2) Assisted self-publishing opportunities exploded. Early on, self-published authors were on their own, shouldering full responsibility for all aspects of the publishing process. For many authors, this was a daunting proposition.
Today, high quality assisted self-publishing companies take care of all the nuts and bolts, some offering services for a pre-determined upfront cost, others offering a range of ala carte services. Some of these companies even publish under the own ISBN, emulating the traditional publishing model while allowing authors greater control and a higher share of their profits.
3) Self-publishing platforms became more author-friendly and easier to navigate. Improving DIY platforms mean fewer of the post-conversion issues—odd formatting, for instance—that plagued indie authors. Companies introduced new platforms like Kobo Writing Life, giving authors flexibility plus additional sales and distribution channels. And aggregator/distributors like Book Baby and companies like Author Solutions/Booktango offer myriad services from editing to design, distribution, and marketing and promotion.
4) More traditional publicists began to promote self-published authors. Traditional publicists cannot replace Internet publicists nor do they replace the vibrant book blogging community, without which the e-book revolution would not have taken hold. Still, with their knowledge of and experience with mainstream media, traditional publicists can get exposure for indie authors that would be impossible to get on one’s own. In 2012, I had the honor of appearing on the Jordan Rich and Mary Waldon Inspiring Women radio shows, and I received coverage in the Boston Globe and Newton Tab. By provided mainstream exposure, this helped me build a wider audience.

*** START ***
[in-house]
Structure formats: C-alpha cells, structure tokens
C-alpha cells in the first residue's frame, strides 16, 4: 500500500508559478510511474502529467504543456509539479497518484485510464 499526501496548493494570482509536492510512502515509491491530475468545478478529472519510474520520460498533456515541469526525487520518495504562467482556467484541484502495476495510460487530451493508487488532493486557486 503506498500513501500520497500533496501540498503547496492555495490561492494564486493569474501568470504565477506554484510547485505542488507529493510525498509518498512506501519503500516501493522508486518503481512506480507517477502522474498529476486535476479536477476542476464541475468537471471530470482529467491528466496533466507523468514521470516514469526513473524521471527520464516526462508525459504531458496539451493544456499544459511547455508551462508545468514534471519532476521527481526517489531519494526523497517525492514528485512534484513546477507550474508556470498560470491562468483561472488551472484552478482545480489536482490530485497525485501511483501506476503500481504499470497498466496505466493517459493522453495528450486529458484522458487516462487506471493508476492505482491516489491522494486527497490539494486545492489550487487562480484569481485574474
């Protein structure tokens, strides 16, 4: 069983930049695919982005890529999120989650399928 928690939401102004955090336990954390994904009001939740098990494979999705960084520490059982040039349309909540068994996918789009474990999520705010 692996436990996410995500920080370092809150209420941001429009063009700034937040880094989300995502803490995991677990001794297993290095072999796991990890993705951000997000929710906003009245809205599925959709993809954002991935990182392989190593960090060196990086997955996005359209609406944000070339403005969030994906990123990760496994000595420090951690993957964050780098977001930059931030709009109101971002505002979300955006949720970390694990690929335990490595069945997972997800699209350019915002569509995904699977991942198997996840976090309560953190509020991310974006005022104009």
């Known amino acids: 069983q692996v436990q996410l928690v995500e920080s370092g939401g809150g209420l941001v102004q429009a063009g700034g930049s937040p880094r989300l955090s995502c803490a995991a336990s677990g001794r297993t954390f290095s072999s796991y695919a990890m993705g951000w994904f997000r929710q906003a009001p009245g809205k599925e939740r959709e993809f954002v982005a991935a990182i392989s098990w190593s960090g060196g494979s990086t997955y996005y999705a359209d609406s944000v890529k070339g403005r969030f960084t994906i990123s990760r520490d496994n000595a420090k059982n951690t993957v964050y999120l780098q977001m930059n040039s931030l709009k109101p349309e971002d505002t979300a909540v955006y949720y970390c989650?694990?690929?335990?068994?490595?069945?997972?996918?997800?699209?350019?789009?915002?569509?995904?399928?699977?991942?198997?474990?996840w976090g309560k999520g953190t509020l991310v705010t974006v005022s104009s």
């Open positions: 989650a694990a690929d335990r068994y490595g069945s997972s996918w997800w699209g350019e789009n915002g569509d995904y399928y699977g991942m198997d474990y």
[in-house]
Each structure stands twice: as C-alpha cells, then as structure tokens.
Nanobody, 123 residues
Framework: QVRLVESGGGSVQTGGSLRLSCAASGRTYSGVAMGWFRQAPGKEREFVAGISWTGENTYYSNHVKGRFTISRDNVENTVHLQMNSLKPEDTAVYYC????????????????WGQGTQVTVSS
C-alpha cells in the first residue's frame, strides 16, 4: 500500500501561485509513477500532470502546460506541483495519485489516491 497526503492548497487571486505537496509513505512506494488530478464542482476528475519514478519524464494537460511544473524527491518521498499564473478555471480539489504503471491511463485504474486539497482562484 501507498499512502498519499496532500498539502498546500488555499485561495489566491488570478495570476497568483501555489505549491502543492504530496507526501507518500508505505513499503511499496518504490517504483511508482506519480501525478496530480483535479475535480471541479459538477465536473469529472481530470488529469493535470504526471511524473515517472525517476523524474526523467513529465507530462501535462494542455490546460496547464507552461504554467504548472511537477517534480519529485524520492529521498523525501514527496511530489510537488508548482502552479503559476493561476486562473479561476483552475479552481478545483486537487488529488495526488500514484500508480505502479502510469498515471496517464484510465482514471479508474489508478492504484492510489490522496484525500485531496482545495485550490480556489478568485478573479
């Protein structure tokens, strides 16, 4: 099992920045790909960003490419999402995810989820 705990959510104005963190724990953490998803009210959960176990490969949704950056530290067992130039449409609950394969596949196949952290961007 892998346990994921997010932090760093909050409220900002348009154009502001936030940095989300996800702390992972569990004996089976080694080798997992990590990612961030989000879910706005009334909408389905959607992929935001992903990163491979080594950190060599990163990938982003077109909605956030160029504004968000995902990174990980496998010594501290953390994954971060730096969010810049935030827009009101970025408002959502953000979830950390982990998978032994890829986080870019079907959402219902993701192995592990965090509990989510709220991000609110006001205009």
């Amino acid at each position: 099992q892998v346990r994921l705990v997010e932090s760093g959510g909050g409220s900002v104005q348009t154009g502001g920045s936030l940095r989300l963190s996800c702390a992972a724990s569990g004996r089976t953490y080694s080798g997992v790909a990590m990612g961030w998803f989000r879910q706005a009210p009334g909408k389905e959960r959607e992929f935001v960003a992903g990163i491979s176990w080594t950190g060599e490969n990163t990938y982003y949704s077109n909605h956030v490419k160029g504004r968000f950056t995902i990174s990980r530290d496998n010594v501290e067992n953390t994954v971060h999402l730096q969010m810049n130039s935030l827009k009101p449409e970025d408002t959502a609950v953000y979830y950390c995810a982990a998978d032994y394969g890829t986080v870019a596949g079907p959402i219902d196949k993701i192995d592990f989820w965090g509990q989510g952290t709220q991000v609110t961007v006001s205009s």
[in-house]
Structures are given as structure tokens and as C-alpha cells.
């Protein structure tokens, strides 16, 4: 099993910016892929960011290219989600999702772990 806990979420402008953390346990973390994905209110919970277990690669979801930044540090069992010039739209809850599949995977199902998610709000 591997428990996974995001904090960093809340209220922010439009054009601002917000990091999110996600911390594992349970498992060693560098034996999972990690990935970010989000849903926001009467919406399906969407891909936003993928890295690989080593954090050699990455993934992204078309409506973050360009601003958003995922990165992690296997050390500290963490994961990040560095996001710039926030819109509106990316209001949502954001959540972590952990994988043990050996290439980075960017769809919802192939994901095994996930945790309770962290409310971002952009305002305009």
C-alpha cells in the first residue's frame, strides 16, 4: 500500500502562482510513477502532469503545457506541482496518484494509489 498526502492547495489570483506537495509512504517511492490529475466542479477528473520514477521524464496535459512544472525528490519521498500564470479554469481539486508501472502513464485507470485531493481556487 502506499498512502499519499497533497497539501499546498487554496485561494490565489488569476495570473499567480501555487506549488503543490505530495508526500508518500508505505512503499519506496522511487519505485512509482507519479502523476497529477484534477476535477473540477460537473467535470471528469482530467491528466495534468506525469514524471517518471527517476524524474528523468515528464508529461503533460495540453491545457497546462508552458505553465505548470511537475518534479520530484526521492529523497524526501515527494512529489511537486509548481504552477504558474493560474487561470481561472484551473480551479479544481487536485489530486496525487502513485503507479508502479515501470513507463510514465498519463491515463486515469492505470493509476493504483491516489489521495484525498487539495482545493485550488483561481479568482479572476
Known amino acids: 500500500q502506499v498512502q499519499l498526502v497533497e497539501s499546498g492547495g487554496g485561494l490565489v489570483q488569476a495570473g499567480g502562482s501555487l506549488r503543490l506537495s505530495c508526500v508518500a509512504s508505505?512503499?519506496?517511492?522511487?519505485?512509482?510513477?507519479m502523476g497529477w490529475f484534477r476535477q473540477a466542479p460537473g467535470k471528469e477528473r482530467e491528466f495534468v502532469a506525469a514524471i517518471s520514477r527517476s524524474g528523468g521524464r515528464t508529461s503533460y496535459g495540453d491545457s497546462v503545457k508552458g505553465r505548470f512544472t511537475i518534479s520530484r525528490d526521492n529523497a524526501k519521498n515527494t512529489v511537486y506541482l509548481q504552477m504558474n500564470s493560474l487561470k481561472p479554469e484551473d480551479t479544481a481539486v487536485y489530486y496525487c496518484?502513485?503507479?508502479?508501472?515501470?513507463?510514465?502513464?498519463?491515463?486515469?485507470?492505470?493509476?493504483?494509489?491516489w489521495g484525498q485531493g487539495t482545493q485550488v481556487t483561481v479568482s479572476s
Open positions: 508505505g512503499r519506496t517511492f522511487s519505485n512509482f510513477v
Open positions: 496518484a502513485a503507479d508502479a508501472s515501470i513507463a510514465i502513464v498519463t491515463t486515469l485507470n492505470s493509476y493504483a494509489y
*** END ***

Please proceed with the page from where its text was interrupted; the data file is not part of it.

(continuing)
5) Bookstore owners became more receptive to self-published books. Until recently, authors who hoped to see their book on shelves in brick and mortar stores reached out to individual store managers and owners. If the author could show a local following, bookstores would often carry the book, but few others showed any interest. Due partly to animosity toward Amazon, seen by some as the behemoth putting small stores out of business, many store managers and owners refused on principal to stock self-published books.
In 2012, as self-published titles continued to gain steam, routinely making the NY Times and USA Today bestseller lists, store owners began to realize that refusing to carry self-published books cost them opportunities. Today, some forward-thinking store owners offer self-publishers an opportunity to buy shelf space for a reasonable price—under the same or similar contracts offered to traditional houses.
6) Distribution chains opened for self-published books. Until John Locke signed his distribution deal with Simon and Schuster, no self-published book enjoyed mainstream distribution. For a while, not even Barbara Freethy, a traditionally published author with numerous bestsellers, sold her self-published books into stores. While distribution remains limited and available primarily to authors who’ve reached a certain sales threshold, smaller distributors have begun to work with self-published authors.